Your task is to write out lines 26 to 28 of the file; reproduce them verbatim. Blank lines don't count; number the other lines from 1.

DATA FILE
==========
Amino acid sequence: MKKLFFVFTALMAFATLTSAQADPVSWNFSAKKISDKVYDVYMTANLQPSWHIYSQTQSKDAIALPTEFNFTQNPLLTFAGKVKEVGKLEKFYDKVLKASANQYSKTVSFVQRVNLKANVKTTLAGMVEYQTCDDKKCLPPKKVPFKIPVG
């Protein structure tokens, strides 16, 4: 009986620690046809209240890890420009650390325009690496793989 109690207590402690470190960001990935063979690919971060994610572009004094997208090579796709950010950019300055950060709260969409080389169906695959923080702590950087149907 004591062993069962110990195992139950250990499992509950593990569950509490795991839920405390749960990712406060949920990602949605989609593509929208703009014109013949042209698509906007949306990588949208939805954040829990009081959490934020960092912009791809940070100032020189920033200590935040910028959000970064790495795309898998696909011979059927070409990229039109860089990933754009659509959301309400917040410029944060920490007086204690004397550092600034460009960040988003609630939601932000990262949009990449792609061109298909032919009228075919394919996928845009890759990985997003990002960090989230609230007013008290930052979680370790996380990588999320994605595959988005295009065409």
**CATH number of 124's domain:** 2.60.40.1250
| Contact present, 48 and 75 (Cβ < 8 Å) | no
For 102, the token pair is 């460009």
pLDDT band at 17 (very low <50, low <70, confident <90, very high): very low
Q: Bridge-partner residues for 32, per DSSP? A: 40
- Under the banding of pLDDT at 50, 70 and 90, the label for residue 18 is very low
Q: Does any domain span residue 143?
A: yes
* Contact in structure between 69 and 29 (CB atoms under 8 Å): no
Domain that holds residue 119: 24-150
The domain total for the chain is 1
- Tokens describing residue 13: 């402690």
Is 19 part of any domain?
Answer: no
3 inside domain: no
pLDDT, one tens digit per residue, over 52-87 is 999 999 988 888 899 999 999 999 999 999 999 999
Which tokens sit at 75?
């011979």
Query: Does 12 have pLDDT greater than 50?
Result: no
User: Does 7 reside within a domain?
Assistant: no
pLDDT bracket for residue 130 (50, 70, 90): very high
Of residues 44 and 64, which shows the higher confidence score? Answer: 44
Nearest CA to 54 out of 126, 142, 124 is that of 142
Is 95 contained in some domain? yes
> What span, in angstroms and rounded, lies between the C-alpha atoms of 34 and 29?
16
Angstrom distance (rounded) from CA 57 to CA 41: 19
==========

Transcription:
Of residues 44 and 64, which shows the higher confidence score? Answer: 44
Nearest CA to 54 out of 126, 142, 124 is that of 142
Is 95 contained in some domain? yes